Thriving in College With Bipolar Disorder
Having a healthy college experience begins long before you haul your belongings up to your dorm room on move-in day. In fact, it begins long before you have sent your acceptance letter. The first step in surviving and thriving in college is believing you can.
Bipolar disorder does present a person with plenty of struggles, and learning how to manage this disorder is vital, but it does not have to keep you from pursuing your dream.
These practical tools can help you prepare and plan for a successful college career and beyond.
As soon as you start the visits to prospective universities, keep in mind that this will be your home for the next few years and the resources a college offers will be important. Inquire about health and counseling services. Most colleges offer individual counseling at no additional charge, and some even provide psychiatrists. Consider your timeline and expectations, and be flexible. Not all college students complete their degrees in four years. Find out your options before committing to a school. Your initial plan may be to attend full-time, but you may eventually decide to switch to part-time, so choose a school that allows for this.
Stress is a major trigger for bipolar episodes. One freedom that college brings is the amount of free time; however, this is one of the greatest challenges. Since structure is crucial for someone with bipolar disorder, the transition from high school to college can take you by surprise. To be in control of your time, write down your schedule for the week, including study times, breaks, social events and any other commitments you have. The next step is to stick to it, including those study breaks. Even if you feel like you are on a roll in the middle of that French lit paper, still take the break that you had planned on, because it will help your focus in subsequent study slots.
One of the fundamental keys to managing the college course load is to work ahead. Map out the entire semester of deadlines and exams as soon as you get each syllabus. Because you cannot always predict when you will have manic or depressive symptoms, leaving studying to the last minute could be detrimental if your thoughts are racing or if you can barely get out of bed the day of an exam. Thus, adhere to your schedule.
Some stress management skills include doing things you enjoy, using deep breathing, or visualizing a calming scene. You can also create some short positive phrases you can say to yourself in a time of distress.
Monitor your mood with a daily log that includes the highs and lows that you experience. Also keep track of suicidal thoughts on the log and the amount of sleep you get each night. The purpose of the log is to be aware of the patterns your body, mind and emotions follow, and to be proactive if something is out of line. For example, if you see that you have gotten three hours of sleep the past four nights you might need to call your psychiatrist.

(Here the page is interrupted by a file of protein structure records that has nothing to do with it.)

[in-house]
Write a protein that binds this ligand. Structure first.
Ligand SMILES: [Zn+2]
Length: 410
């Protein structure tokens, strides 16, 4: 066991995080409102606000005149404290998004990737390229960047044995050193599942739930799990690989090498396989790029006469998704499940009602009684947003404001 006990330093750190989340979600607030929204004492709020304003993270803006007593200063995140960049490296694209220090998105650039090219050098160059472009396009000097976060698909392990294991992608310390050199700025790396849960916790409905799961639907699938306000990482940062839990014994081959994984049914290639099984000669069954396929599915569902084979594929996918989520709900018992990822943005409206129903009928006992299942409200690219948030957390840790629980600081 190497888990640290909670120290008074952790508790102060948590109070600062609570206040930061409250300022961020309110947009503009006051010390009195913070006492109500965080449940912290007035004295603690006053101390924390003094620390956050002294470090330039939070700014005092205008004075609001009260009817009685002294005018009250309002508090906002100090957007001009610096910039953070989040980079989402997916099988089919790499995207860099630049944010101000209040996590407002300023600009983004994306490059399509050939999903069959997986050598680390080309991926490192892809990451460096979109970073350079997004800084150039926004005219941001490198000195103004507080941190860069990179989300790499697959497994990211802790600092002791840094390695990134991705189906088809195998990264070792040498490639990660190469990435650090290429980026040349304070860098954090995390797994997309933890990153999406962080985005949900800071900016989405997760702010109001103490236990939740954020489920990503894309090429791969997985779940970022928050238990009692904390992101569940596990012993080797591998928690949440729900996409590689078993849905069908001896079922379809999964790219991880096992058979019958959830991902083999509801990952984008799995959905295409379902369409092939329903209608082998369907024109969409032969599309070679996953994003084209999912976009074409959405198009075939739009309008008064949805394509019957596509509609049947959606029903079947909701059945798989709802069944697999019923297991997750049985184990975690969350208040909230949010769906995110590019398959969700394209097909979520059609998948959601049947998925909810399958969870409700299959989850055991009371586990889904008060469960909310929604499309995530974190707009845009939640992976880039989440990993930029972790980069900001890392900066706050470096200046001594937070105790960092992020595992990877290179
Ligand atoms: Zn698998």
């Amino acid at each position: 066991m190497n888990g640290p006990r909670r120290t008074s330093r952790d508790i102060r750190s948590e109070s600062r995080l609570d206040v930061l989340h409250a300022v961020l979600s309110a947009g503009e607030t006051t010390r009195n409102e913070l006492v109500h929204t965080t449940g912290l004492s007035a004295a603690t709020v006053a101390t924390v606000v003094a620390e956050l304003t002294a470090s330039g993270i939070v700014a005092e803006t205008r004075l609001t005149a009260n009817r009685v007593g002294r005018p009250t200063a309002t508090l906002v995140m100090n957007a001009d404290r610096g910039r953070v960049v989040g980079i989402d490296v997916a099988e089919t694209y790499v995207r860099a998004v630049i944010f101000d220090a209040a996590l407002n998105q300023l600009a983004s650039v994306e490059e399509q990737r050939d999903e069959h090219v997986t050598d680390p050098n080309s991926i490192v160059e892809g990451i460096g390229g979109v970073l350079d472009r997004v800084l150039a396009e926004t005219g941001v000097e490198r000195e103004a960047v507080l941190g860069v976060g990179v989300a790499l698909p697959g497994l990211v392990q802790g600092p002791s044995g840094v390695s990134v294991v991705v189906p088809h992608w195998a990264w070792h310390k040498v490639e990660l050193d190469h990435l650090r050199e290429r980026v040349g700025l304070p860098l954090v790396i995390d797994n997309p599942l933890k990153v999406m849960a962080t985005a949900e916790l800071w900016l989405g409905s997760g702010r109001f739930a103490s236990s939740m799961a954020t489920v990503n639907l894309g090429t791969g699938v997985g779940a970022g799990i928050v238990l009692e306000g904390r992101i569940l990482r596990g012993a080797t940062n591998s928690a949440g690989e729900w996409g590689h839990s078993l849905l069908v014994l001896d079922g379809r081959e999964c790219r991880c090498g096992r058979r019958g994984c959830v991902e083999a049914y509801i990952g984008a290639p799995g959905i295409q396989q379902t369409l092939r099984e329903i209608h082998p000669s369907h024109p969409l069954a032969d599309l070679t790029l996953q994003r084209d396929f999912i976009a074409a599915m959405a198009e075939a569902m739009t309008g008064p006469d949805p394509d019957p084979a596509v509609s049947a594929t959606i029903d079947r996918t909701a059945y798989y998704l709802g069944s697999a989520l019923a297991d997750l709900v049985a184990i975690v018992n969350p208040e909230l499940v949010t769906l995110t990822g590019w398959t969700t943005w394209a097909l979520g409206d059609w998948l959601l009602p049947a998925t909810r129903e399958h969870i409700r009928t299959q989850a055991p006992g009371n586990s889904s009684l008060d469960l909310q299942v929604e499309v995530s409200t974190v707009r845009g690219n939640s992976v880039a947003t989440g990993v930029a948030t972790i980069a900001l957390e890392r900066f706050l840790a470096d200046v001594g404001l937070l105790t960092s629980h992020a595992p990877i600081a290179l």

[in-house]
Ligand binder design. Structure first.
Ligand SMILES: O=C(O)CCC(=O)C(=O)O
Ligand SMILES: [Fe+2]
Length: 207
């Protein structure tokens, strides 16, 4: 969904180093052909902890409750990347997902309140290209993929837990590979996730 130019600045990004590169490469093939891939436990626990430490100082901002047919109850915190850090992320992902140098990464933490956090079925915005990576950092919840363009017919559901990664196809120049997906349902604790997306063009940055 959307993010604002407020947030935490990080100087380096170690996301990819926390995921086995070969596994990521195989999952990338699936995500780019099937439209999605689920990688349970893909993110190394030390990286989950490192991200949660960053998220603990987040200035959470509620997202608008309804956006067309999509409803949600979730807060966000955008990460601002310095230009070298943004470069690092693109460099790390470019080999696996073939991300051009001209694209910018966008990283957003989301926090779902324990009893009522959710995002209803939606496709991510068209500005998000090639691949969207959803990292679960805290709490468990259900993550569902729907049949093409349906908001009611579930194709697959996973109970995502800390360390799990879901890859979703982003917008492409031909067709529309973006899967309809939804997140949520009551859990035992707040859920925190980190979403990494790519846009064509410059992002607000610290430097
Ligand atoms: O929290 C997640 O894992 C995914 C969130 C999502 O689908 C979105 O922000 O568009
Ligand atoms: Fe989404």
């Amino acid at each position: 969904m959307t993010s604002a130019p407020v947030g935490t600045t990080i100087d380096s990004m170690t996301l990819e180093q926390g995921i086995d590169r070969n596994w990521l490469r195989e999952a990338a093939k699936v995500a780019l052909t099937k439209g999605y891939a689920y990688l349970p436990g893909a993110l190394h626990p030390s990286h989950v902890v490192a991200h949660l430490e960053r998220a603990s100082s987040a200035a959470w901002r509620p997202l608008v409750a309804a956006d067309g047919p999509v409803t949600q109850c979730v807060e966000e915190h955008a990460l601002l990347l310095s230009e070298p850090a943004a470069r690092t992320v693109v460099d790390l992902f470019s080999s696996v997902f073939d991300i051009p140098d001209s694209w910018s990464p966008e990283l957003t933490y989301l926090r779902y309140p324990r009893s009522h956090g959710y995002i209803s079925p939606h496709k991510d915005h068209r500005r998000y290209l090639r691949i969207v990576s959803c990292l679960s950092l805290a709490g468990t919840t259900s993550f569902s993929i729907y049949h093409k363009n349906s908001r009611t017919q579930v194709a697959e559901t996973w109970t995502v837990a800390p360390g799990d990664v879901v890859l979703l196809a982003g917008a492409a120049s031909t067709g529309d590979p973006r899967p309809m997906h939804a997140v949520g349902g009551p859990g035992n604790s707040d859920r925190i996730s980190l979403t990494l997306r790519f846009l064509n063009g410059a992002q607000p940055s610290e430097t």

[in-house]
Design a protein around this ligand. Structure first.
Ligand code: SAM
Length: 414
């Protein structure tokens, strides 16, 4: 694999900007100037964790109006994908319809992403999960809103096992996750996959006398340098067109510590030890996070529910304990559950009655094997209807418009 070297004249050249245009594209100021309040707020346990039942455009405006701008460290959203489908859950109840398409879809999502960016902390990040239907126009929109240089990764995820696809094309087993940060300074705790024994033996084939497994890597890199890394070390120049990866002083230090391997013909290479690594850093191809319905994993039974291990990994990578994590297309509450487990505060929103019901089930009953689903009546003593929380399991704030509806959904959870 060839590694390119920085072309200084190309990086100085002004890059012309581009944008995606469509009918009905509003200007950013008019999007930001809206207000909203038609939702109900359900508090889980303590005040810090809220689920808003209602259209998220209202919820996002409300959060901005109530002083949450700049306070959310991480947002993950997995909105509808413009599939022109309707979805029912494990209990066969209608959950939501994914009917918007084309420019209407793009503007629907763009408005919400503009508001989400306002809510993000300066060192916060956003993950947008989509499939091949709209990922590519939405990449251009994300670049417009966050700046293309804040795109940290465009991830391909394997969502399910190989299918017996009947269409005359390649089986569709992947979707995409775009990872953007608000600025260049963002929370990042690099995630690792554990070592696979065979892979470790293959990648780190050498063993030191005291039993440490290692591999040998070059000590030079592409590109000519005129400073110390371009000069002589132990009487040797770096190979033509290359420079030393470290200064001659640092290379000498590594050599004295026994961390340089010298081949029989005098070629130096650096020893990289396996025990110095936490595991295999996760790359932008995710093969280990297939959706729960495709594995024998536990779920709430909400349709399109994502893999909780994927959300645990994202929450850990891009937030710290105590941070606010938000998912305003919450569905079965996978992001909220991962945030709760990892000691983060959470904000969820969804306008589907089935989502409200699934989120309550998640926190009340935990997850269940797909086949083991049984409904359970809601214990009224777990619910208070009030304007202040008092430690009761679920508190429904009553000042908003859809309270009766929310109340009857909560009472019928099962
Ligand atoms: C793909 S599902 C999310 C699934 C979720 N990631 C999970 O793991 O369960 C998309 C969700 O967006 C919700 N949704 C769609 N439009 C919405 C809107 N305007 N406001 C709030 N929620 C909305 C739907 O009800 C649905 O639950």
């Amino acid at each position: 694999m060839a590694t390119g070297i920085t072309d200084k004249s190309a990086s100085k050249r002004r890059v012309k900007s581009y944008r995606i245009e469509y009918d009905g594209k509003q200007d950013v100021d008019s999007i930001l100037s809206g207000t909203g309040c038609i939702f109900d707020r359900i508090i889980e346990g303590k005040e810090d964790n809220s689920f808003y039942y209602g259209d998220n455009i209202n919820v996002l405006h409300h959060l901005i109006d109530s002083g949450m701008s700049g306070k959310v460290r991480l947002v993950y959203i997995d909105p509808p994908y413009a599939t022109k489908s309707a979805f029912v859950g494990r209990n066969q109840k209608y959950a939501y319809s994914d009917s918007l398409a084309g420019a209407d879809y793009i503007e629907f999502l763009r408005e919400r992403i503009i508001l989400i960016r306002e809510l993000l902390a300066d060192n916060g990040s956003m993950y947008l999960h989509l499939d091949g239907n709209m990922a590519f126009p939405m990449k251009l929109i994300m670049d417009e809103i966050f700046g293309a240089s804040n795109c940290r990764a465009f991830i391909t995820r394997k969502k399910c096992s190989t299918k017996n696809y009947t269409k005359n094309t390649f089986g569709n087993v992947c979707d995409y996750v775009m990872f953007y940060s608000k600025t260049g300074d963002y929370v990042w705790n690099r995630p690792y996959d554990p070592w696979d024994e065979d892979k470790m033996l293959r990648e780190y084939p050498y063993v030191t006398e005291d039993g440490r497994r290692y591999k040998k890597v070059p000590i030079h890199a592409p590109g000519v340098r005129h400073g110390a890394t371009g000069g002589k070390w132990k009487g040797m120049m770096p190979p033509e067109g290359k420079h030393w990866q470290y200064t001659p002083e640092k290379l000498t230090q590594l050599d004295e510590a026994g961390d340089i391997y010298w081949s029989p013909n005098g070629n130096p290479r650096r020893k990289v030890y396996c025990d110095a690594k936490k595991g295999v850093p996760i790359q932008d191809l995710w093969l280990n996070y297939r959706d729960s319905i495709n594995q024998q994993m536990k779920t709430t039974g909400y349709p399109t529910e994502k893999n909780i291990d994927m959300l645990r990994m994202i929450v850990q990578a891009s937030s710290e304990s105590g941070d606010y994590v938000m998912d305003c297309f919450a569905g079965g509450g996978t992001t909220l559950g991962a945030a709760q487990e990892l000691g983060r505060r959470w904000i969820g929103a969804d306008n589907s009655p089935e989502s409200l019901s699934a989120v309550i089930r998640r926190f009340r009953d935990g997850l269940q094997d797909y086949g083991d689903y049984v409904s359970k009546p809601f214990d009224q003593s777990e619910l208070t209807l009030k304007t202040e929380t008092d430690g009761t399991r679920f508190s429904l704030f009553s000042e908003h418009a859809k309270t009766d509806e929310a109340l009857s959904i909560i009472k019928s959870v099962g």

Make sure you are religiously taking your medication. In addition, abstaining from alcohol use is necessary. Not only does alcohol have a negative impact on the disorder itself, it is dangerous to use along with your medication. This does not mean that you cannot have fun; just opt for something non-alcoholic like soda or juice.
College is the first time that a student is able to use a credit card without the close supervision of his or her parents. With limited or no financial guidance, combined with the impulsivity and inability to make wise choices in a state of mania, your best bet is to refrain from using a credit card. Go with cash or a debit card instead.
Get your sleep! This is often a challenge for college students. Maintaining your circadian rhythm, however, is essential to your well-being. The most effective preventive measure you can take regarding sleep patterns is to consistently go to bed and wake up at the same time. In the moment you may want to spend time with your friends in the dorms, but think long-term. Ask yourself, "What is the worst thing that would happen if I stay up late?" and "What is the worst thing that would happen if I go to bed on time?"
The answer to the first question might be hospitalization. Lack of sleep can lead to a manic episode, and ending up in the hospital may lead you to delay your college degree. Making the small sacrifice of keeping your bedtime may not be the most fun decision at the time, but it is well worth it.
Change is difficult, so surround yourself with supportive people. At first, your support system may be your family and friends from your hometown. It may also include a therapist at the counseling center as you walk through this new period of life.
Recognize your limits, but also realize that you are unique, with many strengths and weaknesses. Shame may creep in when it seems like you are not "as good as" other students around you, who can handle more.
However, you are someone of great value, and what makes you unique will give you opportunities that only you can fulfill.
You have been called to thrive. Take the call!